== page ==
Russian nationalists backed a criminal group that plotted to assassinate Montenegro’s pro-western Prime Minister during the run-up to last month’s election as part of a bid to sway the vote, a top prosecutor told reporters on Sunday.
Milivoje Katnic said “nationalists from Russia” directed the organised group, which had planned to storm the country’s Parliament on election day and kill Milo Đukanovic with a view to securing victory for a pro-Russian coalition.
On the day of the vote, a number of people from Montenegro and Serbia were arrested in connection with the attempted coup, 14 of whom remain in custody. It is thought that some of those detained had previously fought with pro-Russia rebels in eastern Ukraine, and had attempted to recruit a long-range sniper to take Đukanovic out.
Serbian Prime Minister Aleksandar Vucic said last month that his country had uncovered evidence that Đukanovic was being tracked by people who intended to pass information onto others “who were supposed to act on it”.
Opposition groups had suggested the discovery of the alleged plot was nothing more than propaganda circulated by Đukanovic’s Democratic Party of Socialists (DPS), which they claimed was trying to use the country’s security services to extend its leader’s grip on power.
For his part, Đukanovic had previously accused parties standing against him of accepting money from Russians groups looking to influence the 16 October vote.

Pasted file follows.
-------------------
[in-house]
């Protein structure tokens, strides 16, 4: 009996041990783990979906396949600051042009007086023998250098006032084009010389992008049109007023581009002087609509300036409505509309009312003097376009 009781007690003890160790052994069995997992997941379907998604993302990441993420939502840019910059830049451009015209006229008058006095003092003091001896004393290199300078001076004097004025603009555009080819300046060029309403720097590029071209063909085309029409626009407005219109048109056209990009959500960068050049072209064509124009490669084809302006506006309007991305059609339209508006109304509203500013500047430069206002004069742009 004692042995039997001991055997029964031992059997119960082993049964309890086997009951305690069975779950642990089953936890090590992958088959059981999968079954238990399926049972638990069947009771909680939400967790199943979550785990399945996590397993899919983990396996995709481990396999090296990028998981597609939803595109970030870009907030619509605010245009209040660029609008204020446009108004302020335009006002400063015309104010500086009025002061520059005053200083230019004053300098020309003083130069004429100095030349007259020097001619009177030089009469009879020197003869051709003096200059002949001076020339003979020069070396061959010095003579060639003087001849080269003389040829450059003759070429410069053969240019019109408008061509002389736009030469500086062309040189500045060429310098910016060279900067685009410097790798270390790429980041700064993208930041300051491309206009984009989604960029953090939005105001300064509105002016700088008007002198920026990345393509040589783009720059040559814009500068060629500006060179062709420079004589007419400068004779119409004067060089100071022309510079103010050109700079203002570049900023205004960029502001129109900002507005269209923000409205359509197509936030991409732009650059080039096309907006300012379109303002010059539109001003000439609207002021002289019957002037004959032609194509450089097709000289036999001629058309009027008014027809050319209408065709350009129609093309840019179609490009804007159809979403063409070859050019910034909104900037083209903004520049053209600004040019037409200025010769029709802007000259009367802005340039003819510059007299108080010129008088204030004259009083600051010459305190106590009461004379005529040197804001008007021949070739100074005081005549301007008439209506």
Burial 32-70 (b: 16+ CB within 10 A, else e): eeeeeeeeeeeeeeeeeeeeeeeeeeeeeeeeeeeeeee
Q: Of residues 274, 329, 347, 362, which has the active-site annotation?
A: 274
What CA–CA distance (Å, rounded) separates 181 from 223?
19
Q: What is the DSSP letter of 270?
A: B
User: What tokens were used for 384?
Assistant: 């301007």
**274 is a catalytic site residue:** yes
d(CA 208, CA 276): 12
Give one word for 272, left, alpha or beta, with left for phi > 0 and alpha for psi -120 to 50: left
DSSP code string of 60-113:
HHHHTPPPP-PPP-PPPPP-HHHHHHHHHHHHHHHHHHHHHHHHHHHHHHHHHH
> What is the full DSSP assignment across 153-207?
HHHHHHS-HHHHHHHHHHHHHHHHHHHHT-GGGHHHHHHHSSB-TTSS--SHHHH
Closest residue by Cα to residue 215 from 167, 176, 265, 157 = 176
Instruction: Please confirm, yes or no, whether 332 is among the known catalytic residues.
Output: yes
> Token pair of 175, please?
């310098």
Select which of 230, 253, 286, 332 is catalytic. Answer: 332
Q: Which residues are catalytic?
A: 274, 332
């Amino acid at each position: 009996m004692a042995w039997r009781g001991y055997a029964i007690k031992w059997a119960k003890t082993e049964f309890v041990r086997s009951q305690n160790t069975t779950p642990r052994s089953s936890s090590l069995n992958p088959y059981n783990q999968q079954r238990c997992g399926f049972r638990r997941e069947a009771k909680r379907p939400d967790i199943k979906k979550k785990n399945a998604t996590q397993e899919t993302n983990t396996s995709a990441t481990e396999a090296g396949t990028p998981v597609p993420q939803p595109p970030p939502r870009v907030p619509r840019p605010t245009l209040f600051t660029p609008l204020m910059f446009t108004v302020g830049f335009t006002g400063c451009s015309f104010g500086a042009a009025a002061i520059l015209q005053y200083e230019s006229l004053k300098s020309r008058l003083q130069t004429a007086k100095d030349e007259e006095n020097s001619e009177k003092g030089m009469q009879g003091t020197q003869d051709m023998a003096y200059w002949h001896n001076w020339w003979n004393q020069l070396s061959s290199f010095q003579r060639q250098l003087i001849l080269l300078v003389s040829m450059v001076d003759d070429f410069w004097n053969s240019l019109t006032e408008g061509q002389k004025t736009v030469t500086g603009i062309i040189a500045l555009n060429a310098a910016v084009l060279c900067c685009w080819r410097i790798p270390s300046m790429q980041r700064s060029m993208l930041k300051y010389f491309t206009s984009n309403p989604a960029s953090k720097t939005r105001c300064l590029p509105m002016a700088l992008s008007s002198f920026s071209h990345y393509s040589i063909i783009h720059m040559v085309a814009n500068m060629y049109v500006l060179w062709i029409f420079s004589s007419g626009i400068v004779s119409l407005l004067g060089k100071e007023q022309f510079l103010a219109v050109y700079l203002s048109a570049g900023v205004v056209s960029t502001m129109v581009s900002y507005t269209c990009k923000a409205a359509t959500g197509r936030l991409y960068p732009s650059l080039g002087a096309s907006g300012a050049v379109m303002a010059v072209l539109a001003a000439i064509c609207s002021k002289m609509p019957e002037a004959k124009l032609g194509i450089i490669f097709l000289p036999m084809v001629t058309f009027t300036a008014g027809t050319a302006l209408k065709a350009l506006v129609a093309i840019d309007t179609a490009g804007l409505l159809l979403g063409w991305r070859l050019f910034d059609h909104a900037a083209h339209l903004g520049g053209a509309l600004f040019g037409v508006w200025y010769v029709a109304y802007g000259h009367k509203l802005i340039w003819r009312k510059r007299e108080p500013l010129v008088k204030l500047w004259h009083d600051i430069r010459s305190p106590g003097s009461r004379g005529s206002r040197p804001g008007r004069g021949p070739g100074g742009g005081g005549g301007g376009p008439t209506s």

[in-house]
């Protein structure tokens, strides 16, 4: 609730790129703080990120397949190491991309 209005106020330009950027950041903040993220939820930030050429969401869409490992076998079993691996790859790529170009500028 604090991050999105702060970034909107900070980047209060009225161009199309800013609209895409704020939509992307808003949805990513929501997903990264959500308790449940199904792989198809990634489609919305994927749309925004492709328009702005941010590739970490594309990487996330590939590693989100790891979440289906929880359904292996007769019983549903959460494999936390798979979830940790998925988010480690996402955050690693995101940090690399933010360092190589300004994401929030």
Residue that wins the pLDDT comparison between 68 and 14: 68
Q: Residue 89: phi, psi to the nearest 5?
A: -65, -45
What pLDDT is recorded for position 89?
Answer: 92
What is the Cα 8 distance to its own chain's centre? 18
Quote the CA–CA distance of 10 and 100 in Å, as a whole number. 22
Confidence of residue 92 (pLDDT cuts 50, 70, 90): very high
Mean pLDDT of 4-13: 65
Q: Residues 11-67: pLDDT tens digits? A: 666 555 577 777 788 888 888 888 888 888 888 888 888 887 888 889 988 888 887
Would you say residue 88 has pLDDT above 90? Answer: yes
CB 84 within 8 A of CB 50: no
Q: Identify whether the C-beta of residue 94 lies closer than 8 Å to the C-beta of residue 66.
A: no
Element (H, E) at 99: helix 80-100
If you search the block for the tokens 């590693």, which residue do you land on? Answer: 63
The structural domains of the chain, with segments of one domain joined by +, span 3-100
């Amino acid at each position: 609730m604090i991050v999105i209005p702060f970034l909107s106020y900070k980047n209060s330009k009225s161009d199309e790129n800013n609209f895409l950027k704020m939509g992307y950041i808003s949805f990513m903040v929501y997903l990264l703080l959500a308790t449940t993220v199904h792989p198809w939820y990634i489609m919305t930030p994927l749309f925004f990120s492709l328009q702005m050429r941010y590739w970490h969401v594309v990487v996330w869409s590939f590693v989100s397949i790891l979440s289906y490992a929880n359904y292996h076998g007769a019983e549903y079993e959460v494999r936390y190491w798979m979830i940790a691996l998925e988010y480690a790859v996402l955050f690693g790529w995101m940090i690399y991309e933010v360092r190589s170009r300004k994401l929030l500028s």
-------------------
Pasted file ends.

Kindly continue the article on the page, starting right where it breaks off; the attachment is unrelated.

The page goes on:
“The organisers of this criminal group were nationalists from Russia whose initial premise and conclusion was that the government in Montenegro led my Milo Djukanovic cannot be changed in election and that it should be toppled by force,” Katnic said on Sunday.
“State authorities revealed that a criminal group had been formed on the territories of Montenegro, Serbia and Russia with a task to commit an act of terrorism.”
Responding to the allegations, a Kremlin spokesperson denied any official involvement in the plot. However, Moscow has previously made clear its support for opponents of Đukanovic.
“We don’t have any evidence that the state of Russia is involved in any sense… but we have evidence that two nationalists from Russia were organisers,” Katnic said.
Đukanovic, who was last year named Man of the Year in Organised Crime by the Organised Crime and Corruption Reporting Project (OCCRP) after being linked to corruption and criminal organisations, had attempted to position the election as a choice between his pro-Western agenda and his opponents’ desire to move Montenegro closer to Russia.
After a poor showing at the polls that saw the DPS lose its parliamentary majority, Đukanovic stood down as Prime Minster after having served at the top of government for more than 25 years.
Montenegrin opposition groups have yet to comment on Katnic’s allegations.